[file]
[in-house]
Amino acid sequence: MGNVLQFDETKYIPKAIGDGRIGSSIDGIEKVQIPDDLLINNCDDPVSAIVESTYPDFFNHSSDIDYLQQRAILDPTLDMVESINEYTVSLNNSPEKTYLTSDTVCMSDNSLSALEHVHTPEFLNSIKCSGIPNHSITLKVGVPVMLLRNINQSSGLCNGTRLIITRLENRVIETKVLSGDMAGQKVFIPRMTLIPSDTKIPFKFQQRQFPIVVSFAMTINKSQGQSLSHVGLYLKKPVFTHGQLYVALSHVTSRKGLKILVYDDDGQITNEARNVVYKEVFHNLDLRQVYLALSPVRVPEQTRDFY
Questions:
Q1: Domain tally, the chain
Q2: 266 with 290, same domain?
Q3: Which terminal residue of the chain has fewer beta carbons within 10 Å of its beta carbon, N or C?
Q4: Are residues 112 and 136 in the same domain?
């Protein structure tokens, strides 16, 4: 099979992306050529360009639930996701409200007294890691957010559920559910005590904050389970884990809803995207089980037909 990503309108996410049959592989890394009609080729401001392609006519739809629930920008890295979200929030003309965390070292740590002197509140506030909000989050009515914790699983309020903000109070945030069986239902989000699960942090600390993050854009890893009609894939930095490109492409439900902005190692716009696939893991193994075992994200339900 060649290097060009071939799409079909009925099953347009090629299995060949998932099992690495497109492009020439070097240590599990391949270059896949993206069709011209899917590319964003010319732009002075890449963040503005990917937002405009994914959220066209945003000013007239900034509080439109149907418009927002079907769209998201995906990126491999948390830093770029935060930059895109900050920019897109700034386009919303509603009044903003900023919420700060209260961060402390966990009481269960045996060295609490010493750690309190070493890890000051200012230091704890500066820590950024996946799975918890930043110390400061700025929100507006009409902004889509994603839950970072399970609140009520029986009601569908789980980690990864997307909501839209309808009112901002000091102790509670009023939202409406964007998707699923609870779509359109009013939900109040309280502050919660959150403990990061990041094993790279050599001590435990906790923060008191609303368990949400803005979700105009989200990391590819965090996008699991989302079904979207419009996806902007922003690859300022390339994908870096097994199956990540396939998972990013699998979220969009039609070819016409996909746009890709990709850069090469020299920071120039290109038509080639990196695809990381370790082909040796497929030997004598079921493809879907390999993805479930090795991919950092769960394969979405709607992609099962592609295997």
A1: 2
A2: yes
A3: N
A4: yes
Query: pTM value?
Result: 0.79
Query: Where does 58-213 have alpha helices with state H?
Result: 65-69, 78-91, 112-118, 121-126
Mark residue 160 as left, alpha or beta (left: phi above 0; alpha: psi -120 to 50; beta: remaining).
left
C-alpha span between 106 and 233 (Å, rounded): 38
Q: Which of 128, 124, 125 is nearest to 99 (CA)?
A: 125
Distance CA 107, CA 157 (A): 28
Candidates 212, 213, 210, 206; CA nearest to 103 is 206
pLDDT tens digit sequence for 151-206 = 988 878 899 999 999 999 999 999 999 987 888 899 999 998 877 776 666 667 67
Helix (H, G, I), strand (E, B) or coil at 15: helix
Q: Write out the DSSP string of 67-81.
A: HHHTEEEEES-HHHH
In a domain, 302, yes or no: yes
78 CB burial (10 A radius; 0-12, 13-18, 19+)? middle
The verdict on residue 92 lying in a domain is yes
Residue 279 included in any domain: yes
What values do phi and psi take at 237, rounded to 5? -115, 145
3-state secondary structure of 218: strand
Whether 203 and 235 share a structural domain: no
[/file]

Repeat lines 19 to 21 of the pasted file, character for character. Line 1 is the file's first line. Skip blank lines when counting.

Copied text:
C-alpha span between 106 and 233 (Å, rounded): 38
Q: Which of 128, 124, 125 is nearest to 99 (CA)?
A: 125